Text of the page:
Polysubstance Misuse and College Campuses

young man sitting in dark apartment with drugs and alcohol on coffee table - polysubstance misuse

By Sandy Baker

Drug and alcohol misuse on college campuses is an ongoing problem. While many might assume that college students use mostly alcohol and marijuana, other types of drugs are likely involved as well. When a person uses more than one type of drug to get high or to get some other benefit, they are engaging in polysubstance misuse.

What Is Polysubstance Misuse?

Polysubstance misuse can occur in various forms. In some cases, it occurs when a person uses whatever drugs are available to them to get high. In this case, a person can become addicted to the high sensation rather than a specific drug. They use whatever they can find to achieve this sensation.

In other cases, people use more than one drug to achieve a specific outcome. For example, they may use cocaine to get high and then drink alcohol with it as a way to reduce some of the negative side effects of cocaine. It’s common to mix depressants and stimulants like this to balance out those negative effects. In this situation, students can become addicted to the drugs themselves, meaning they need to keep using more to avoid cravings and withdrawal symptoms.

What Happens on College Campuses?

The Substance Abuse and Mental Health Services Administration reports that in 2014 one in five full-time college students reported using illicit drugs within the past month. From 2011 to 2014, the report found that on an average day, 1.2 million students drank alcohol and 703,759 used marijuana. Off-campus parties are an easy way to find these substances. What’s happening at your child’s school?

Alcohol Use

Alcohol is considered a socially acceptable drug to use at school. Because it is used so commonly, it’s hard to pinpoint if a person has developed an addiction to it.

Marijuana Use

The legalization of marijuana has made it easier for college students to gain access to this drug as well. Some use it to get high. Others use it for stress relief.

Prescription Drug Use

Prescription drugs have become one of the highest-risk drugs on campuses. This includes medications used to treat ADHD, like Adderall, also known as a study drug. These drugs are popular because they can help students to focus longer and sleep less. For students who are facing pressure, “study drugs” like this can help them to achieve their high academic goals.

Other Illicit Drug Use

Other drugs on college campuses include heroin, ecstasy, and cocaine. Ecstasy, also known as molly, is a common party drug. It’s used as a way to get high and can be very addictive.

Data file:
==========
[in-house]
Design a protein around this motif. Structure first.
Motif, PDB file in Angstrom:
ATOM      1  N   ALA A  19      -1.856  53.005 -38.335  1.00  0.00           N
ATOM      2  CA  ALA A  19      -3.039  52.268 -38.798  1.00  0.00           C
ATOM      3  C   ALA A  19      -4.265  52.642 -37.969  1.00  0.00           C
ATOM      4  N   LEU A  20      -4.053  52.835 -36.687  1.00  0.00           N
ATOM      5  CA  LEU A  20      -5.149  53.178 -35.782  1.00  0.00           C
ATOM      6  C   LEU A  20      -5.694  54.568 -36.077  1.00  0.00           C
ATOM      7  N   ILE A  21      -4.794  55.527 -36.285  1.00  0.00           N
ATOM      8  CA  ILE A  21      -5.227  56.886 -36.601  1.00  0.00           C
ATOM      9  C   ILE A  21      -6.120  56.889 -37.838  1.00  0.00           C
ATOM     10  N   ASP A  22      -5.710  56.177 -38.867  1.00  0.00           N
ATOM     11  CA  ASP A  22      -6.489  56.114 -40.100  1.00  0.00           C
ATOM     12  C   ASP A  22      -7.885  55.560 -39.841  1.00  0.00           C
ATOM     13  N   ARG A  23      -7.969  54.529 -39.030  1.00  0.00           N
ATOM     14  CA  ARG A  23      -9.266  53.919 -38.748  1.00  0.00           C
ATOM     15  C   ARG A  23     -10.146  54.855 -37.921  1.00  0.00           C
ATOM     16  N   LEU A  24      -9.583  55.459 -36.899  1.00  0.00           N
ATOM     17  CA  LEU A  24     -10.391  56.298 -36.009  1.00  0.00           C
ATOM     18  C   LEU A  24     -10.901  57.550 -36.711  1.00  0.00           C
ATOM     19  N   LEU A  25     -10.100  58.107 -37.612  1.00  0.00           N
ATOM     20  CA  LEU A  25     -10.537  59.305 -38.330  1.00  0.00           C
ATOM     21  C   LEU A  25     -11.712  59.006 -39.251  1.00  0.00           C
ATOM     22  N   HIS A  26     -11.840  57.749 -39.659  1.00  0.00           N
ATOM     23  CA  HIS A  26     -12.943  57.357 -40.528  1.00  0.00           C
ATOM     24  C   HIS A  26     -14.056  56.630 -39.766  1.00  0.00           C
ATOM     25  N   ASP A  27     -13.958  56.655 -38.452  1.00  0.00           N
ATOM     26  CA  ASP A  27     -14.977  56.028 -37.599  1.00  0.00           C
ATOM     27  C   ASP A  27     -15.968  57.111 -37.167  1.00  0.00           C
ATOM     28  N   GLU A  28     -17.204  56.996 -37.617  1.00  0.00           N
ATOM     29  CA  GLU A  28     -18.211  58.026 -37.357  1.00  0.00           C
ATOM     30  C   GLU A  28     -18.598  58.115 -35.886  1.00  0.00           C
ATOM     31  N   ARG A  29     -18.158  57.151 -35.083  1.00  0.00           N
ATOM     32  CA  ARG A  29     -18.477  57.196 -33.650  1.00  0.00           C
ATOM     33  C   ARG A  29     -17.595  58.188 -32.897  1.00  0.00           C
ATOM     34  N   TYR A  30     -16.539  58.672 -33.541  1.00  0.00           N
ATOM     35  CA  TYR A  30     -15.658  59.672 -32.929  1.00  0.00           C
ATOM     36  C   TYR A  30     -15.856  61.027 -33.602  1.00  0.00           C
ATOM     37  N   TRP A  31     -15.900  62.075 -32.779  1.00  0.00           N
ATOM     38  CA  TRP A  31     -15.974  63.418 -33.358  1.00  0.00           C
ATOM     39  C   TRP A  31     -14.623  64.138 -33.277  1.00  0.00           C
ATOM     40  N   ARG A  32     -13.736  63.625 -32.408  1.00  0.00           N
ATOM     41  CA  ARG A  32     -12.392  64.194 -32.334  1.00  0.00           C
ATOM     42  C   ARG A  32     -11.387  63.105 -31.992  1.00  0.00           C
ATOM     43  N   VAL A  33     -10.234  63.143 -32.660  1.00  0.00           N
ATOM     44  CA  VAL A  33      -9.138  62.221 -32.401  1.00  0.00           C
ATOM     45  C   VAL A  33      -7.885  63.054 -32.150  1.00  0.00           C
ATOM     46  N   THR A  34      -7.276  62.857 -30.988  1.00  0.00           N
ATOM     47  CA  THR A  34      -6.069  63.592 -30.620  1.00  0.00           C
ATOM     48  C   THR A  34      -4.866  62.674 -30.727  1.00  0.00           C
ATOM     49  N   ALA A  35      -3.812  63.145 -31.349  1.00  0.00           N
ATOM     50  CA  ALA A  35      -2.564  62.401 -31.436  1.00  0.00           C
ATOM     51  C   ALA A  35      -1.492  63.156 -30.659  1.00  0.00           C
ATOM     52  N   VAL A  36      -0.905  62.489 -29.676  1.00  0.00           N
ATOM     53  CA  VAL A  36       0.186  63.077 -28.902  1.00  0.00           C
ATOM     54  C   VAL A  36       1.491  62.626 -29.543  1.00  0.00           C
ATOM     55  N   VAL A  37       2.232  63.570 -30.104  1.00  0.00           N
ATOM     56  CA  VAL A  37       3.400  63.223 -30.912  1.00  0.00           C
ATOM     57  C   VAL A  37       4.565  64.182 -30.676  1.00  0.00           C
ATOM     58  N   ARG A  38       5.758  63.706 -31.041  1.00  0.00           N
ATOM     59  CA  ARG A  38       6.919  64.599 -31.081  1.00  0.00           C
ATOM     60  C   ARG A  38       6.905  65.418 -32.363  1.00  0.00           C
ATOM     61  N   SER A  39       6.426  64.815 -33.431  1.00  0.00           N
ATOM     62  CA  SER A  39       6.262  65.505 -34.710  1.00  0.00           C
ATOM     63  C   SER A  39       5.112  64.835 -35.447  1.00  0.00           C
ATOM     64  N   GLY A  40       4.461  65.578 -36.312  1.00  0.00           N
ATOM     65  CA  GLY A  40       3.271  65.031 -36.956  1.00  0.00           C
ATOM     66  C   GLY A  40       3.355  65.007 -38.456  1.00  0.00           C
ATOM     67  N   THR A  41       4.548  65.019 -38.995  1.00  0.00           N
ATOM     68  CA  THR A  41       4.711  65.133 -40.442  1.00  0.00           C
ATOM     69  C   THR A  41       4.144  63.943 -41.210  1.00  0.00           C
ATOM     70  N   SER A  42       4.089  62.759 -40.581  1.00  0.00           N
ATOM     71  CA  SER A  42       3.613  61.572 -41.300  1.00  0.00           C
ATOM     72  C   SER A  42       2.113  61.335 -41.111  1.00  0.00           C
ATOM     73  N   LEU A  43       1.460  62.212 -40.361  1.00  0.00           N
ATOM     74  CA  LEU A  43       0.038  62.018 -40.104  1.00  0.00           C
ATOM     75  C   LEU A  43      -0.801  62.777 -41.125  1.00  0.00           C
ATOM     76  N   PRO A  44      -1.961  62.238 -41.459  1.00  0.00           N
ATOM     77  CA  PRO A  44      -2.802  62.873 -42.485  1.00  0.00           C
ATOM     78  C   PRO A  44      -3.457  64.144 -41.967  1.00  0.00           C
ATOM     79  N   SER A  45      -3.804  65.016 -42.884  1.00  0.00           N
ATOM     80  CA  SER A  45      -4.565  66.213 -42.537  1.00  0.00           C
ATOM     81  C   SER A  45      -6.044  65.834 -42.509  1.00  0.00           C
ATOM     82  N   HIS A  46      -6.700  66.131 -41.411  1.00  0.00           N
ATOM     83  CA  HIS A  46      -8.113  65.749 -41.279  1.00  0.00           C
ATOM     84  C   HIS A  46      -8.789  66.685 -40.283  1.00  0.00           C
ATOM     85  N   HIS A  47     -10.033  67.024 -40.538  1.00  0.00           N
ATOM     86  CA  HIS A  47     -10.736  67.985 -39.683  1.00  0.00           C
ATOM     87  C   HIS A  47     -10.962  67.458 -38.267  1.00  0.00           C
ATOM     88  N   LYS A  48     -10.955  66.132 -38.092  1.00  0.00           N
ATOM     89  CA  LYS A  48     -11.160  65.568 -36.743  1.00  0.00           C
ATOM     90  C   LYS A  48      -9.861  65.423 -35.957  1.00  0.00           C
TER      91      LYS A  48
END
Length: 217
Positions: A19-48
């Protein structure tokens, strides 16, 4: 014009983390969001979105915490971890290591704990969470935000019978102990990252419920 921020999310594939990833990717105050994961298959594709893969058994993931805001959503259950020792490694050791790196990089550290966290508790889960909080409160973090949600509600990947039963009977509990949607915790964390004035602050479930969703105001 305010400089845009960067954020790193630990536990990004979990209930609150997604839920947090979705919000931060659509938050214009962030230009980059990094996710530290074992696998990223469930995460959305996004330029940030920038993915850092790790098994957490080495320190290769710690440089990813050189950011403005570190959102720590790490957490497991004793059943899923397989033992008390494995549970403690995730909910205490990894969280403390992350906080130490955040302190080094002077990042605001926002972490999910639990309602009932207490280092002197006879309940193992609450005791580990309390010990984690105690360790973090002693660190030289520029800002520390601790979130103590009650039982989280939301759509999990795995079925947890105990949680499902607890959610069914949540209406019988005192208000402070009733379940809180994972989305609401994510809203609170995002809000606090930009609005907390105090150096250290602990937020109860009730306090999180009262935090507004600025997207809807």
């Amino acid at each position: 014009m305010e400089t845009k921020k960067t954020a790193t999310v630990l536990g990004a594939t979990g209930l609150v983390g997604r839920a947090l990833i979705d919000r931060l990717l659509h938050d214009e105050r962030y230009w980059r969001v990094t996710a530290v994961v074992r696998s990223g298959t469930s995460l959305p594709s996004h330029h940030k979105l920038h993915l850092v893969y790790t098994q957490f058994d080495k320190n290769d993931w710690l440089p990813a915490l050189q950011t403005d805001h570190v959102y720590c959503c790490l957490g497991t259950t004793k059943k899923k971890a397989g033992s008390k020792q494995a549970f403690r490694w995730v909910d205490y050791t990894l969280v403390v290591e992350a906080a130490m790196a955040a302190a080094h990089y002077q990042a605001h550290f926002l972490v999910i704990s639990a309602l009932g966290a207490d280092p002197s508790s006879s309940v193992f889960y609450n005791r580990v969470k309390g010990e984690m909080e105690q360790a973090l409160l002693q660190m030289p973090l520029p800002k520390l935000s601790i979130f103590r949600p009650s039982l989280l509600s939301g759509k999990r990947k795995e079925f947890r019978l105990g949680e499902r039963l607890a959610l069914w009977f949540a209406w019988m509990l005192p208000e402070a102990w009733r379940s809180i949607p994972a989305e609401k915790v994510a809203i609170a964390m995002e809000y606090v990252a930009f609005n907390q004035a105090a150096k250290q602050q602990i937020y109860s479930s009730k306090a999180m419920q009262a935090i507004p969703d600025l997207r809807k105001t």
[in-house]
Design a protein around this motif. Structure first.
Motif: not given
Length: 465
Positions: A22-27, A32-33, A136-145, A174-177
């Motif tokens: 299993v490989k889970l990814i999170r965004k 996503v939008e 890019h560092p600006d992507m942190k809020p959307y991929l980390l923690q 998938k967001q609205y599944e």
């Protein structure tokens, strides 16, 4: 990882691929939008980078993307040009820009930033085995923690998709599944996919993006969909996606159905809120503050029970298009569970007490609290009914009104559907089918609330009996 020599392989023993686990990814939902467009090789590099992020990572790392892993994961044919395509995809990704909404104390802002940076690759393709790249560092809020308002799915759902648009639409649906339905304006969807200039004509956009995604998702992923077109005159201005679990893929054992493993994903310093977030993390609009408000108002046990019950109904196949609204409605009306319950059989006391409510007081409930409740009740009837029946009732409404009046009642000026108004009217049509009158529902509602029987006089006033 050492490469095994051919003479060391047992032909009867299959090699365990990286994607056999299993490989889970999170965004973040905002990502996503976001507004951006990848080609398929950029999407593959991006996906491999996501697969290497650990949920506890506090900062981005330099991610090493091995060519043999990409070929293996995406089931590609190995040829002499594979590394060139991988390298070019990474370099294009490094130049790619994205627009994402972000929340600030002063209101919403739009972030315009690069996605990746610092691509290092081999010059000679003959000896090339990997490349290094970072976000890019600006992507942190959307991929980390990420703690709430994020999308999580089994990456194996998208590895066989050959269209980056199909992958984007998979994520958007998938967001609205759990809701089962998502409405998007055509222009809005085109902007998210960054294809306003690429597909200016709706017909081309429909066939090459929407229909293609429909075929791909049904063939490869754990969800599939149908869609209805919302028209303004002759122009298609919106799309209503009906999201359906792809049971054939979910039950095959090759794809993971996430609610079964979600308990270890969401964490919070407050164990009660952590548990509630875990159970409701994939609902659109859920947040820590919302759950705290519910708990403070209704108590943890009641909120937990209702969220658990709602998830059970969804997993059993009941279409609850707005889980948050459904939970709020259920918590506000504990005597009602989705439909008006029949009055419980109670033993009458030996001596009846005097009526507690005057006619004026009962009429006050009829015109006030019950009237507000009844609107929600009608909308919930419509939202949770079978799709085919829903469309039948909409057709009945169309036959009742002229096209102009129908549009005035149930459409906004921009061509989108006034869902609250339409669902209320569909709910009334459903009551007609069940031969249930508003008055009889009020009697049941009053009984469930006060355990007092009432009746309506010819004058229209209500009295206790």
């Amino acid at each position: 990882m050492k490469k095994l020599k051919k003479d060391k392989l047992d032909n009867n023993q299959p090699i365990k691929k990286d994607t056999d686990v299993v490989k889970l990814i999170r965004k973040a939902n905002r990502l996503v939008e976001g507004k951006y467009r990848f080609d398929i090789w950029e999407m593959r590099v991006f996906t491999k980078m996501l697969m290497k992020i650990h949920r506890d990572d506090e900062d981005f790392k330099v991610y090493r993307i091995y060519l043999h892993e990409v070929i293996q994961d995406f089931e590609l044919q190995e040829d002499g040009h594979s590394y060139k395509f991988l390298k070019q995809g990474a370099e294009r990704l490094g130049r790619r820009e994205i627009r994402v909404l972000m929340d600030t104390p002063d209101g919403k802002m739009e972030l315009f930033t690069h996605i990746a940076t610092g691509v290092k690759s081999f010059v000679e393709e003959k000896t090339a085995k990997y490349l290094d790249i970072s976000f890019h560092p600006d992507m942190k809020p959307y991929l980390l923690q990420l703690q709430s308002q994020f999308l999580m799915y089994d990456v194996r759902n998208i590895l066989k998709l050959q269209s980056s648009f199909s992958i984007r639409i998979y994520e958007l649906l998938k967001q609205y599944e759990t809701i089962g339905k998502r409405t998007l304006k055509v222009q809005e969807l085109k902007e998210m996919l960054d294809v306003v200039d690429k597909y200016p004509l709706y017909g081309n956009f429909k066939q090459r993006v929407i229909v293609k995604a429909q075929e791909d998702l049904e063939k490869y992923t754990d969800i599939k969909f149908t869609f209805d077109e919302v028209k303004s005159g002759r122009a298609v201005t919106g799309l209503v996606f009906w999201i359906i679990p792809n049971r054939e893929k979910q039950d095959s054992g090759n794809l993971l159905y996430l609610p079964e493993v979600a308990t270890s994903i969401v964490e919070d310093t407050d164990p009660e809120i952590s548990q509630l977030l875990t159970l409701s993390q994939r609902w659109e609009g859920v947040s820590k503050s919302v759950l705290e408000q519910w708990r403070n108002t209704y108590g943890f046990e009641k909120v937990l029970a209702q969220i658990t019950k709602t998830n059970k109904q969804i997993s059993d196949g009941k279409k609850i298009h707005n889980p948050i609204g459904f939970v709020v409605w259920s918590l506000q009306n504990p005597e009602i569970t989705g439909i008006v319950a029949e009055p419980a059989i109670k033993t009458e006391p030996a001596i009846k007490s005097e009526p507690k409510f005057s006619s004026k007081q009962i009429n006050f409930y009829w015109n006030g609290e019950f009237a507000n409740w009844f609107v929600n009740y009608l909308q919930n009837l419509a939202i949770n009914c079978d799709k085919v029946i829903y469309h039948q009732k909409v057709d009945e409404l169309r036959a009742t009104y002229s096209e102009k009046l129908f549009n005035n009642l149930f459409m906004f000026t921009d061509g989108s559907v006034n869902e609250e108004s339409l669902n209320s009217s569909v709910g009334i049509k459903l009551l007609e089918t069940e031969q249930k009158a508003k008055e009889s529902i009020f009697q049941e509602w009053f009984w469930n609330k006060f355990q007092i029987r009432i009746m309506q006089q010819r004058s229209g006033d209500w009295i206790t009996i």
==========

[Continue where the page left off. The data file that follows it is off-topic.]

The Risks of Polysubstance Misuse Are Constant

Many of today’s colleges work hard to keep drugs and alcohol out of dorms and on-campus properties. Yet, apartments close to campuses as well as other sites make it hard to manage what students are doing. These young adults are far from home, with more independence than ever, and they have rather easy access to these drugs. The social pressure to use makes it easy for students to try one or more drugs.

More so, college students are often under intense stress to meet their academic and athletic goals. There is more demand for students to be involved in numerous activities, such as leadership positions, clubs, and associations. This adds stress, and many students use a substance to help them focus.

With numerous drugs accessible to them, many college students turn to drugs to get the “help” they need. Yet, addiction can happen rapidly. Many times, parents have no idea their son or daughter is struggling with drug use.

How Can You Get Help?

Are you using more than one drug to get through the day at college? Do you feel like you have to use drugs to be able to study long enough or focus enough? You may even find yourself just drinking or using whatever drugs are available to you because that’s what your friends are doing. It’s important to know that no amount of drug use is safe.

You may have an addiction if you have any of the following symptoms:

  • You feel cravings for the drugs when you don’t use them.
  • You are seeking out new drugs to try to get high.
  • You combine more than one drug so that you can get high.
  • You need to use more of the drugs than you did before to get the same effects.
  • You often spend your weekend binge drinking and using drugs.

In these situations, your first step is to get help. Our drug treatment program can help you by providing fast, reliable support so you can get back to your education. Don’t put off getting help: your future is at stake, and we want it to be a healthy, successful one.

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